Back in August 2018, the government unveiled a £100 million plan ‘to end rough sleeping by 2027’. Of this, £30 million was to be invested into mental health and prevention of substance abuse, along with £50 million on ‘homes outside London for people ready to move on from hostels or refuges’.

The plan may look like a step in the right direction, but in reality it’s not so much.

The pledge addresses a target of ‘up to 6,000 people’, compressed and contained within the definition of ‘rough sleeper’. It’s not really targeting the wider issue of homelessness; the 320,000 people Shelter reports as legally homeless who may not be sleeping ‘rough’ in public spaces.

But even Shelter’s estimate doesn’t account for the full phenomenon of ‘hidden homelessness’, which includes those who should technically be able to access support, but are stopped from doing so largely owing to the local authorities’ limited resources. So that number is likely much higher.

In England, local authorities have a duty to help anyone termed as statutorily homeless. However, as anyone who has grappled with local authorities knows, just because you are entitled to support doesn’t mean you’ll receive it. Council budget cuts, as well as extremely tight eligibility for classifying people with ‘statutory homelessness’ in the first place, are both serious restraints on providing the assistance homeless people often require.

According to figures released by the Ministry of Housing, Communities and Local Government as of 2018, there were only 21 rough sleepers in Norwich during the entire year. But there are no public guidelines on how this process was carried out or what exact area of Norwich was surveyed to create this number. All we know is observations are made around autumn on an annual basis. It doesn’t exactly sound professional, does it?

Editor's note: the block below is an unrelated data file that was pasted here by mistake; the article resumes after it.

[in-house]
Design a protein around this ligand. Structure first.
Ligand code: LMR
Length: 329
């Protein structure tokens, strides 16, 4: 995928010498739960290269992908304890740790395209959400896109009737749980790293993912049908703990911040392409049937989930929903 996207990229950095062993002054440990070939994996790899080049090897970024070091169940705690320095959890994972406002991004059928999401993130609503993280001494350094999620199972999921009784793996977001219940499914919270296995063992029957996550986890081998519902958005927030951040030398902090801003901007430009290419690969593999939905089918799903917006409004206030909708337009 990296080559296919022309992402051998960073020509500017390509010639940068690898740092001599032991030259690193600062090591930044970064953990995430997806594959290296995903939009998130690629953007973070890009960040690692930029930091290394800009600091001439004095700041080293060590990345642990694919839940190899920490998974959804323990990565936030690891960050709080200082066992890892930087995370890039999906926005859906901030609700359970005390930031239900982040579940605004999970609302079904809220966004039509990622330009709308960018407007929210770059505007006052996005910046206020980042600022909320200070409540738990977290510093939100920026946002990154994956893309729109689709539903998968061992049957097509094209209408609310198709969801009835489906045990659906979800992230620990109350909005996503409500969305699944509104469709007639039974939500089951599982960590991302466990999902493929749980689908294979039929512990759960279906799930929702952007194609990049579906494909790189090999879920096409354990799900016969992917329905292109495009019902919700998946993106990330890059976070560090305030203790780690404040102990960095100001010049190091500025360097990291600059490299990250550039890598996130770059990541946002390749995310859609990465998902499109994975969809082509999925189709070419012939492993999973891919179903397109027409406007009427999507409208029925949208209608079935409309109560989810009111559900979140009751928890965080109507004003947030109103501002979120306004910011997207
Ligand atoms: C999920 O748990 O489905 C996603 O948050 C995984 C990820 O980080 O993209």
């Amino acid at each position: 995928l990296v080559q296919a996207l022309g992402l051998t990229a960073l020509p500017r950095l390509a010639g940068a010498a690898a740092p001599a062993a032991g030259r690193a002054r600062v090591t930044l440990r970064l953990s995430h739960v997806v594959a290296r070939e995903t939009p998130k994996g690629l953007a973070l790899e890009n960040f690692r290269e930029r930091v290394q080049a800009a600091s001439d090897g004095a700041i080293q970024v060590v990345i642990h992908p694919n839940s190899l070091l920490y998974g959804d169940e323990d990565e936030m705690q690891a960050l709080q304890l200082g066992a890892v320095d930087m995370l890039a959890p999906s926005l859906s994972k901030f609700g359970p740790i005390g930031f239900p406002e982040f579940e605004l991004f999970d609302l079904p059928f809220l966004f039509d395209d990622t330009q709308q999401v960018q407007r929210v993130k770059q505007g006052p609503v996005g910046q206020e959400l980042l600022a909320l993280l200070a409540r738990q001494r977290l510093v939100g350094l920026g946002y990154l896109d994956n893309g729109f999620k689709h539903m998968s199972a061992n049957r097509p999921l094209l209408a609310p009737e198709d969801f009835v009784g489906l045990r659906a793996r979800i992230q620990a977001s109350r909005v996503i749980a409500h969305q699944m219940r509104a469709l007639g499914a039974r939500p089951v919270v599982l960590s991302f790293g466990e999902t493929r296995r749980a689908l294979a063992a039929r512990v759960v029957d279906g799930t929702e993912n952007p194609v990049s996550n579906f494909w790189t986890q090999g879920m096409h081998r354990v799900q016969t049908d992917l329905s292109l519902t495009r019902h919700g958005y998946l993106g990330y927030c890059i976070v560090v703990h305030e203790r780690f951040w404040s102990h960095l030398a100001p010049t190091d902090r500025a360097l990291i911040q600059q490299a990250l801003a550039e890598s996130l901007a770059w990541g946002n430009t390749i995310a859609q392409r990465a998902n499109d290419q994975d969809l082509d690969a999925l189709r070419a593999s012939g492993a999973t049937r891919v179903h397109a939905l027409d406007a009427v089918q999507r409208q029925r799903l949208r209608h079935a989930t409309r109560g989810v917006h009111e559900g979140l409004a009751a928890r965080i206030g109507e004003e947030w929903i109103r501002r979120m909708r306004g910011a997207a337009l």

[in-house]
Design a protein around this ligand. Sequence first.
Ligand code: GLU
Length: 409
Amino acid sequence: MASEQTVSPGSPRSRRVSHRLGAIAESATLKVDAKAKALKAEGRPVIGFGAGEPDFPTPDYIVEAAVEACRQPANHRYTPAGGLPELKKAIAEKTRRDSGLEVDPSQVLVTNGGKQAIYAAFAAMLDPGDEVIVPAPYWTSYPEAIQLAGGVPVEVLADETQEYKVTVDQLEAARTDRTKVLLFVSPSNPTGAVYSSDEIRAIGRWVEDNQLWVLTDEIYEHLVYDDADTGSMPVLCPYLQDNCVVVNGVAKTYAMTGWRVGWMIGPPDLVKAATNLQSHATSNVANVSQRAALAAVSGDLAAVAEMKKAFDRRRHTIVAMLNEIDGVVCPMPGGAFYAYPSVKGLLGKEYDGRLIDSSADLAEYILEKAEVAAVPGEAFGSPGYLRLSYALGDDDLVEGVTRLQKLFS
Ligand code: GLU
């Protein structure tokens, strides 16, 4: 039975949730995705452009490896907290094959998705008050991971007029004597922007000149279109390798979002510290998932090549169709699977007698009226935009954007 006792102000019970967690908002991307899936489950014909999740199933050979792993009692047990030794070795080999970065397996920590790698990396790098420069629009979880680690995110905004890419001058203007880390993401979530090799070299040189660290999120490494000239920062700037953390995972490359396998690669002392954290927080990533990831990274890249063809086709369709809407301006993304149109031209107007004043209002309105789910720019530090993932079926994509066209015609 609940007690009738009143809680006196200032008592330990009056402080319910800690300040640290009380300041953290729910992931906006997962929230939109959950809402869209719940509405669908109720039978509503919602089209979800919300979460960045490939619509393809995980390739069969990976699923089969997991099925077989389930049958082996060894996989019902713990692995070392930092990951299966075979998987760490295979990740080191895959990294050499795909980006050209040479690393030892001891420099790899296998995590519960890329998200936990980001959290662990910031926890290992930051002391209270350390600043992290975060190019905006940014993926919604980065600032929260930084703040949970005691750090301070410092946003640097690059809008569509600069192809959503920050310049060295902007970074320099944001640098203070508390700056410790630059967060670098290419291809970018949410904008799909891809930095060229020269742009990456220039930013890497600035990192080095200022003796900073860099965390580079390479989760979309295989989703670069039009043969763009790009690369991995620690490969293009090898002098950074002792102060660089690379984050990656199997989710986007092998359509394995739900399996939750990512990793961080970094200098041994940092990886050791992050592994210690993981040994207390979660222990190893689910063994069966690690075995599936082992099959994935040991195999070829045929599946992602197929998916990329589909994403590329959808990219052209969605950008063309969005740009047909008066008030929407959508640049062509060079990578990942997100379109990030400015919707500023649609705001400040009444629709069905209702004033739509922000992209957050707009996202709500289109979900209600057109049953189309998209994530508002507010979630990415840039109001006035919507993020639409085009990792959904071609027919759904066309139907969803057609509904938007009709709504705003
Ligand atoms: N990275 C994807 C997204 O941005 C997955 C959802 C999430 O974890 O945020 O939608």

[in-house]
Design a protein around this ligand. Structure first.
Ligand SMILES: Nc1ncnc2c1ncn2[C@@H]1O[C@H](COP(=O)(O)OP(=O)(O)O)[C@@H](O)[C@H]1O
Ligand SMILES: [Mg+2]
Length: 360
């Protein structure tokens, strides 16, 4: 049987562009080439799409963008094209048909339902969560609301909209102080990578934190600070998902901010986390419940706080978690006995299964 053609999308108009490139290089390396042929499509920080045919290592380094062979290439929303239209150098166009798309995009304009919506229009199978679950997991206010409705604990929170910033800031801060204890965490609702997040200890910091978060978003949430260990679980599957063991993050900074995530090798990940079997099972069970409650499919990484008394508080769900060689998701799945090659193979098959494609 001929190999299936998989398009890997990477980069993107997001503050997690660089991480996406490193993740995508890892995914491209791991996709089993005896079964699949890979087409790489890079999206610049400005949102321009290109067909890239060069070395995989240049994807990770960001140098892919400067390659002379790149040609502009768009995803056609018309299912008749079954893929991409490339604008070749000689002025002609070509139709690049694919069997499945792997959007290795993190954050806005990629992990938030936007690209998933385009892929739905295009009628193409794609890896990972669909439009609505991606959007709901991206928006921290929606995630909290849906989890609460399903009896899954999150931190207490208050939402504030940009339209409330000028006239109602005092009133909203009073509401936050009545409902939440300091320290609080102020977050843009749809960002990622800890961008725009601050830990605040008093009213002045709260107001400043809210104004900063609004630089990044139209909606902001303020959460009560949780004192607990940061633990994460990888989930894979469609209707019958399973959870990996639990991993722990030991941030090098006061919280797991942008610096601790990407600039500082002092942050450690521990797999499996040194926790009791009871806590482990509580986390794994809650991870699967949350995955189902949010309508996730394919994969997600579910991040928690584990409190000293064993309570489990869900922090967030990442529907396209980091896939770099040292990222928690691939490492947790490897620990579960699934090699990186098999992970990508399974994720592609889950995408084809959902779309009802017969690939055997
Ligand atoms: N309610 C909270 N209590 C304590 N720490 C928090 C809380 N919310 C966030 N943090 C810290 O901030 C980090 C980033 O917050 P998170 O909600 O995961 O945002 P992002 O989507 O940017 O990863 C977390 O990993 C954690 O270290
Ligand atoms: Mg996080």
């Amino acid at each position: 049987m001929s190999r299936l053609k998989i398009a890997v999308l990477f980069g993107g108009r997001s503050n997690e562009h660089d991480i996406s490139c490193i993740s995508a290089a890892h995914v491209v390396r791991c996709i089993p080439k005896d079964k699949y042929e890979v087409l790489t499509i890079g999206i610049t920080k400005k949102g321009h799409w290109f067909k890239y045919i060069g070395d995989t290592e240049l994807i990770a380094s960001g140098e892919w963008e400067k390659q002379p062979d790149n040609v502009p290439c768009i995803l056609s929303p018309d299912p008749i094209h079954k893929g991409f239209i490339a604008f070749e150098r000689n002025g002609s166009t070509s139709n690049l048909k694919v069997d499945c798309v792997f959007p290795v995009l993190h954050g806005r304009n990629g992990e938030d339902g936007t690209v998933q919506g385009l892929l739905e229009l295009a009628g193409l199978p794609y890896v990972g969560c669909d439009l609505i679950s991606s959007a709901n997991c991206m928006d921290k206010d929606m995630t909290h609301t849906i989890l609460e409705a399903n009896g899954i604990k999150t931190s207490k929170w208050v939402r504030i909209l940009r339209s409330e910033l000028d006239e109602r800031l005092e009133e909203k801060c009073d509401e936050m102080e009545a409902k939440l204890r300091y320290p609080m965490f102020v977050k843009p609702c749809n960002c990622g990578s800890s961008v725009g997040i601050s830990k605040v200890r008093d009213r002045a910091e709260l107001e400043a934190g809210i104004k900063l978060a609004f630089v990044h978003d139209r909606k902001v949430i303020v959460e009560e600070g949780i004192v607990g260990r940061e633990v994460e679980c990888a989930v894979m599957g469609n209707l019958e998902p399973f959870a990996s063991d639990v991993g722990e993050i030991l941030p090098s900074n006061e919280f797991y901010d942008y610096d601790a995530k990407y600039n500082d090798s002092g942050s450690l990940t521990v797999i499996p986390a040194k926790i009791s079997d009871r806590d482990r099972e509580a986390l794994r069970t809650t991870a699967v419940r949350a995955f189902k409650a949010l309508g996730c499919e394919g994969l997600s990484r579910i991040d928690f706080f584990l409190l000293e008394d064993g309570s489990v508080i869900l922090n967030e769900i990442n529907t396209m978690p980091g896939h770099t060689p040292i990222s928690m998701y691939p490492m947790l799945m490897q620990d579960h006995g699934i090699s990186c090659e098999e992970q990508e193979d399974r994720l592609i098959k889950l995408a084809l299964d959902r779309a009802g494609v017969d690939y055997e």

Let’s combine this figure with some knowledge of the Vagrancy Act, a piece of legislation older than both photographs and the discovery of aluminium. It’s an Act still used today to criminalise rough sleeping or begging. It allows for the arrest of people sleeping rough and is often used to threaten people to move on. Only last semester do I remember seeing a police officer yelling threats at a homeless man on Prince of Wales Road.

The government’s approach is wrong, and we need a much better answer for this growing problem. As for the suggestion only 21 people in Norwich were actually on the streets last year, I can say with almost certain conviction that if my local authority bombarded me with harassment and arrest, I’d be weary to show my face too.


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